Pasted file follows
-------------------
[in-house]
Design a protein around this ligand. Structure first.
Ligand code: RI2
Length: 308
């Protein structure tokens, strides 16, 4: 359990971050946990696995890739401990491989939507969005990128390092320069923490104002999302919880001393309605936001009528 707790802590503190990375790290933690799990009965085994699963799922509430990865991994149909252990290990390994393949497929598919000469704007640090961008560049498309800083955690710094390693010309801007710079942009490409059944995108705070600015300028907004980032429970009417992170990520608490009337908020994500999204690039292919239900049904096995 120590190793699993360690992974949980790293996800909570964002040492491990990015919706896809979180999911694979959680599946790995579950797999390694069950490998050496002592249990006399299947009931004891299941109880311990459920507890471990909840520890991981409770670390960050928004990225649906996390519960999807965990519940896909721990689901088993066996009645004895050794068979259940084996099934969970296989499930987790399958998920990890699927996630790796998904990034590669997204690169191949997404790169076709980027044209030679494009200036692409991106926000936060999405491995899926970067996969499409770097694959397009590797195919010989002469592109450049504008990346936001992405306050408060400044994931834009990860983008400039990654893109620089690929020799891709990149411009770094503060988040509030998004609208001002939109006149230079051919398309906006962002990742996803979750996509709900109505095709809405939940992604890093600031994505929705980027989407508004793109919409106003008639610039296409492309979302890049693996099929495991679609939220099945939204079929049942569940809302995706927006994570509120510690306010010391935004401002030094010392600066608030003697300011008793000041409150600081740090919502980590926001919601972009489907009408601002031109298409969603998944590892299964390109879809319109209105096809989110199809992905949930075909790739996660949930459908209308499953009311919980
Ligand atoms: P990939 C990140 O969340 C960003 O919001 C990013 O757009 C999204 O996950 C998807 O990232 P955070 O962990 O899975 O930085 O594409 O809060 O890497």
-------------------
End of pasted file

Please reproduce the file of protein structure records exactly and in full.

[in-house]
Design a protein around this ligand. Structure first.
Ligand code: RI2
Length: 308
């Protein structure tokens, strides 16, 4: 359990971050946990696995890739401990491989939507969005990128390092320069923490104002999302919880001393309605936001009528 707790802590503190990375790290933690799990009965085994699963799922509430990865991994149909252990290990390994393949497929598919000469704007640090961008560049498309800083955690710094390693010309801007710079942009490409059944995108705070600015300028907004980032429970009417992170990520608490009337908020994500999204690039292919239900049904096995 120590190793699993360690992974949980790293996800909570964002040492491990990015919706896809979180999911694979959680599946790995579950797999390694069950490998050496002592249990006399299947009931004891299941109880311990459920507890471990909840520890991981409770670390960050928004990225649906996390519960999807965990519940896909721990689901088993066996009645004895050794068979259940084996099934969970296989499930987790399958998920990890699927996630790796998904990034590669997204690169191949997404790169076709980027044209030679494009200036692409991106926000936060999405491995899926970067996969499409770097694959397009590797195919010989002469592109450049504008990346936001992405306050408060400044994931834009990860983008400039990654893109620089690929020799891709990149411009770094503060988040509030998004609208001002939109006149230079051919398309906006962002990742996803979750996509709900109505095709809405939940992604890093600031994505929705980027989407508004793109919409106003008639610039296409492309979302890049693996099929495991679609939220099945939204079929049942569940809302995706927006994570509120510690306010010391935004401002030094010392600066608030003697300011008793000041409150600081740090919502980590926001919601972009489907009408601002031109298409969603998944590892299964390109879809319109209105096809989110199809992905949930075909790739996660949930459908209308499953009311919980
Ligand atoms: P990939 C990140 O969340 C960003 O919001 C990013 O757009 C999204 O996950 C998807 O990232 P955070 O962990 O899975 O930085 O594409 O809060 O890497």